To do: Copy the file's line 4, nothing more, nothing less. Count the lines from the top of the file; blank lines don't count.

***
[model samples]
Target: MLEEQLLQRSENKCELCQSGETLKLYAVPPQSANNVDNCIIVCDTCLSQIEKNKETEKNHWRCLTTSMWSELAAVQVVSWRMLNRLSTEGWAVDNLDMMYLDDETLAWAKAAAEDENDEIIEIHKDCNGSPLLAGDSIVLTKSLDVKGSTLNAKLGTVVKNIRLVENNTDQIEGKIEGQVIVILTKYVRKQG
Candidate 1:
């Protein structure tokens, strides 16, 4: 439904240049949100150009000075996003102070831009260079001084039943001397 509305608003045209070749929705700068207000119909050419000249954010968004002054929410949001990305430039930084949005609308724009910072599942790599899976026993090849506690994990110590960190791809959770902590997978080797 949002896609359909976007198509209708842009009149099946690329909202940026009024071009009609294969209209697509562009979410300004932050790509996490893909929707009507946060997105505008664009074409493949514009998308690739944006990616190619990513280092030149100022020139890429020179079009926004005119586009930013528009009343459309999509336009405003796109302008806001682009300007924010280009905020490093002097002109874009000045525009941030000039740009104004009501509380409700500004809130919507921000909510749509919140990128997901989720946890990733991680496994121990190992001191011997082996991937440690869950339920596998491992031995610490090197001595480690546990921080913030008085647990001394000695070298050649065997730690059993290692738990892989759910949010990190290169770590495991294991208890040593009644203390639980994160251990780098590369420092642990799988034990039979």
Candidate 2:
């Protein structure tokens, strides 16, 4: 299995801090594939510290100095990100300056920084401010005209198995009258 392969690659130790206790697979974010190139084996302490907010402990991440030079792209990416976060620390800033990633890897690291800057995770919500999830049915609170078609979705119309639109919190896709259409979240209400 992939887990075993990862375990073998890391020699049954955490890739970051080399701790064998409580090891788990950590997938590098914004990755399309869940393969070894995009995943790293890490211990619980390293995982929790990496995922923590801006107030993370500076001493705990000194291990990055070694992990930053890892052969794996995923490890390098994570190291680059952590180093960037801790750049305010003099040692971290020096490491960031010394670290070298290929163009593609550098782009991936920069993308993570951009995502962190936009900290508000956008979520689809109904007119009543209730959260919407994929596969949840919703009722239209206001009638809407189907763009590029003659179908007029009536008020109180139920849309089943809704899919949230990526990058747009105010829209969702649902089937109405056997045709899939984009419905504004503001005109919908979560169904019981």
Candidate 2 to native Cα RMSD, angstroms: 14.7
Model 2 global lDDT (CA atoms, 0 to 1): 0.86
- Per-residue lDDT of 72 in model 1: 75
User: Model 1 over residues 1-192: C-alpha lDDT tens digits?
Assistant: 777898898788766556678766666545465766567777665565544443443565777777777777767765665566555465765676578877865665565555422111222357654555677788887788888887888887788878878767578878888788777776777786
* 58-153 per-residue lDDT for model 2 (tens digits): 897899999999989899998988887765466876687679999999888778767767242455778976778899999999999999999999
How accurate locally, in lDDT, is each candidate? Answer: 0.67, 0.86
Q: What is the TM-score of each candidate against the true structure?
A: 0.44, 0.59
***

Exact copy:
């Protein structure tokens, strides 16, 4: 439904240049949100150009000075996003102070831009260079001084039943001397 509305608003045209070749929705700068207000119909050419000249954010968004002054929410949001990305430039930084949005609308724009910072599942790599899976026993090849506690994990110590960190791809959770902590997978080797 949002896609359909976007198509209708842009009149099946690329909202940026009024071009009609294969209209697509562009979410300004932050790509996490893909929707009507946060997105505008664009074409493949514009998308690739944006990616190619990513280092030149100022020139890429020179079009926004005119586009930013528009009343459309999509336009405003796109302008806001682009300007924010280009905020490093002097002109874009000045525009941030000039740009104004009501509380409700500004809130919507921000909510749509919140990128997901989720946890990733991680496994121990190992001191011997082996991937440690869950339920596998491992031995610490090197001595480690546990921080913030008085647990001394000695070298050649065997730690059993290692738990892989759910949010990190290169770590495991294991208890040593009644203390639980994160251990780098590369420092642990799988034990039979």